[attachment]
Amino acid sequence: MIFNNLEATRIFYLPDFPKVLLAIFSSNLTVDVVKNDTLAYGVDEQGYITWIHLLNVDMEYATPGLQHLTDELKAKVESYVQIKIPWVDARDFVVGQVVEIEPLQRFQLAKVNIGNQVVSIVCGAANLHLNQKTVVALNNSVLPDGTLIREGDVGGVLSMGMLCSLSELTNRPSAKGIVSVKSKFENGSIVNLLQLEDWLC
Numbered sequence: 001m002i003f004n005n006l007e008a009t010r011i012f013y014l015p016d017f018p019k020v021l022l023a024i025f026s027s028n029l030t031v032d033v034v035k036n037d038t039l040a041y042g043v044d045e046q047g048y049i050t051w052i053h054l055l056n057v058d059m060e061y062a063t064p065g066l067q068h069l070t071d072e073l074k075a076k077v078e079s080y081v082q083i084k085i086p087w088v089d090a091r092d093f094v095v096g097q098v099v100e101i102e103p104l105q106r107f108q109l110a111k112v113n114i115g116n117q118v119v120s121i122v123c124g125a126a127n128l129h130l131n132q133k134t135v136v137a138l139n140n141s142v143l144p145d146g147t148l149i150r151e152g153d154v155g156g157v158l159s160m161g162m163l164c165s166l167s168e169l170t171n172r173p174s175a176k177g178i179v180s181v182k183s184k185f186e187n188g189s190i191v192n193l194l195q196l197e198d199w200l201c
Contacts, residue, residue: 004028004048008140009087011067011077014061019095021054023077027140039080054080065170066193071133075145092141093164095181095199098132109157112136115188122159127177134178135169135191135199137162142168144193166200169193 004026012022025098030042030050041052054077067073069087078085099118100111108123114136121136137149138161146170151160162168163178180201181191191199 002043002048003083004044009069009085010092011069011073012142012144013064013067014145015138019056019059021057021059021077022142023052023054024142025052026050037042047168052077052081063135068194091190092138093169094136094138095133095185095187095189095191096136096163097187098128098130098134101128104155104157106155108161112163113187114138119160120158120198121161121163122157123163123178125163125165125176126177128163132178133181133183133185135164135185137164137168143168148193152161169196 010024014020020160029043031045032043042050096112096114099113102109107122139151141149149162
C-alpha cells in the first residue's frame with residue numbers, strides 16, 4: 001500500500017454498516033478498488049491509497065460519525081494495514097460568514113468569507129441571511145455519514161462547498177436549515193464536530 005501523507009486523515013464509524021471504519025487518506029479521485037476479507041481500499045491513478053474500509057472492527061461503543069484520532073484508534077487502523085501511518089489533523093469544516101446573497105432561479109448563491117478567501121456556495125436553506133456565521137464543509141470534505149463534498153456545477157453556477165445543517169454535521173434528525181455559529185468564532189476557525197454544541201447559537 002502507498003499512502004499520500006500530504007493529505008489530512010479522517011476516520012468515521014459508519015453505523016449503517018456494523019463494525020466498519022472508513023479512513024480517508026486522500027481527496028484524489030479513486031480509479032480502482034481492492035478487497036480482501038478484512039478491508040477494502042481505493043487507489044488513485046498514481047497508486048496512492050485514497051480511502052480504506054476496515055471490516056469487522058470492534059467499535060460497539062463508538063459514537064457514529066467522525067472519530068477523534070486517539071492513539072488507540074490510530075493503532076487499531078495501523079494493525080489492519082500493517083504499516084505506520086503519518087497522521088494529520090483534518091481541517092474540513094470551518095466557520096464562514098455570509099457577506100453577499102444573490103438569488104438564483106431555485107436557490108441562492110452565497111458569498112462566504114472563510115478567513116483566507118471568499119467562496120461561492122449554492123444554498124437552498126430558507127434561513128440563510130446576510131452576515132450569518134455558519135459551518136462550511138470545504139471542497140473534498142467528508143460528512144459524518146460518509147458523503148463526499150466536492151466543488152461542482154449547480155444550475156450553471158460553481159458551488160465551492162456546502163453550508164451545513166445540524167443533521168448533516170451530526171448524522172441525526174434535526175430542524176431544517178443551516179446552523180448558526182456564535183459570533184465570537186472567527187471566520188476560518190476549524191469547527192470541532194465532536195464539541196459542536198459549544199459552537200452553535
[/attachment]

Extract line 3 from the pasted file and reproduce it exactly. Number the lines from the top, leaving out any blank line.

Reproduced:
Contacts, residue, residue: 004028004048008140009087011067011077014061019095021054023077027140039080054080065170066193071133075145092141093164095181095199098132109157112136115188122159127177134178135169135191135199137162142168144193166200169193 004026012022025098030042030050041052054077067073069087078085099118100111108123114136121136137149138161146170151160162168163178180201181191191199 002043002048003083004044009069009085010092011069011073012142012144013064013067014145015138019056019059021057021059021077022142023052023054024142025052026050037042047168052077052081063135068194091190092138093169094136094138095133095185095187095189095191096136096163097187098128098130098134101128104155104157106155108161112163113187114138119160120158120198121161121163122157123163123178125163125165125176126177128163132178133181133183133185135164135185137164137168143168148193152161169196 010024014020020160029043031045032043042050096112096114099113102109107122139151141149149162